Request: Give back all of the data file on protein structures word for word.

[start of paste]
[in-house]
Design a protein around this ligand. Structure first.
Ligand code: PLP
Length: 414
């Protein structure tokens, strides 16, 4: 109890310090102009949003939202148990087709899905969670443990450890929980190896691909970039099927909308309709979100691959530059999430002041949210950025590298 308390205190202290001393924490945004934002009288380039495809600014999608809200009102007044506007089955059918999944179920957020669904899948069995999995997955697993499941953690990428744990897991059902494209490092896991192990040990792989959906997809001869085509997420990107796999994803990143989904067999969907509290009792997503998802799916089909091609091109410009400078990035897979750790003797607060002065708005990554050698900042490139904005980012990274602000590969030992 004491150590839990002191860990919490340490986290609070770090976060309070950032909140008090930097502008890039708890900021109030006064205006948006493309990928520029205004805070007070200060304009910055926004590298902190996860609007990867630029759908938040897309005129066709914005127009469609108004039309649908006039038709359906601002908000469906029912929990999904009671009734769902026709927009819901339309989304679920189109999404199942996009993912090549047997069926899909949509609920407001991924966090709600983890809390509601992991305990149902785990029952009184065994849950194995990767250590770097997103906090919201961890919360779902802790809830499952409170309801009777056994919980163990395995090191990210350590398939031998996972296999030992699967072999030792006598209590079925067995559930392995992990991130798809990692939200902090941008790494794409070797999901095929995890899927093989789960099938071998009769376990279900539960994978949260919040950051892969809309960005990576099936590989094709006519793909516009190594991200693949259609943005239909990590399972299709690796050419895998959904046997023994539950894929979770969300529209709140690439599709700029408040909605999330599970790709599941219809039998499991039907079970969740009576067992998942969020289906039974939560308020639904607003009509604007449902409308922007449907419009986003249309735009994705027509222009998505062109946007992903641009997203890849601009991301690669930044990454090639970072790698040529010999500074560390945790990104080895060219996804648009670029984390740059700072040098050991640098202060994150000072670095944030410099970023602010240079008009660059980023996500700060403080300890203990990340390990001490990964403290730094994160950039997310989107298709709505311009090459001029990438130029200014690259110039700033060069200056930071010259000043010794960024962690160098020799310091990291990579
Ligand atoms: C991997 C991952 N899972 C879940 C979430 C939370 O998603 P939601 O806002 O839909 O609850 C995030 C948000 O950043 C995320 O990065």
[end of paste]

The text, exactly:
[in-house]
Design a protein around this ligand. Structure first.
Ligand code: PLP
Length: 414
């Protein structure tokens, strides 16, 4: 109890310090102009949003939202148990087709899905969670443990450890929980190896691909970039099927909308309709979100691959530059999430002041949210950025590298 308390205190202290001393924490945004934002009288380039495809600014999608809200009102007044506007089955059918999944179920957020669904899948069995999995997955697993499941953690990428744990897991059902494209490092896991192990040990792989959906997809001869085509997420990107796999994803990143989904067999969907509290009792997503998802799916089909091609091109410009400078990035897979750790003797607060002065708005990554050698900042490139904005980012990274602000590969030992 004491150590839990002191860990919490340490986290609070770090976060309070950032909140008090930097502008890039708890900021109030006064205006948006493309990928520029205004805070007070200060304009910055926004590298902190996860609007990867630029759908938040897309005129066709914005127009469609108004039309649908006039038709359906601002908000469906029912929990999904009671009734769902026709927009819901339309989304679920189109999404199942996009993912090549047997069926899909949509609920407001991924966090709600983890809390509601992991305990149902785990029952009184065994849950194995990767250590770097997103906090919201961890919360779902802790809830499952409170309801009777056994919980163990395995090191990210350590398939031998996972296999030992699967072999030792006598209590079925067995559930392995992990991130798809990692939200902090941008790494794409070797999901095929995890899927093989789960099938071998009769376990279900539960994978949260919040950051892969809309960005990576099936590989094709006519793909516009190594991200693949259609943005239909990590399972299709690796050419895998959904046997023994539950894929979770969300529209709140690439599709700029408040909605999330599970790709599941219809039998499991039907079970969740009576067992998942969020289906039974939560308020639904607003009509604007449902409308922007449907419009986003249309735009994705027509222009998505062109946007992903641009997203890849601009991301690669930044990454090639970072790698040529010999500074560390945790990104080895060219996804648009670029984390740059700072040098050991640098202060994150000072670095944030410099970023602010240079008009660059980023996500700060403080300890203990990340390990001490990964403290730094994160950039997310989107298709709505311009090459001029990438130029200014690259110039700033060069200056930071010259000043010794960024962690160098020799310091990291990579
Ligand atoms: C991997 C991952 N899972 C879940 C979430 C939370 O998603 P939601 O806002 O839909 O609850 C995030 C948000 O950043 C995320 O990065």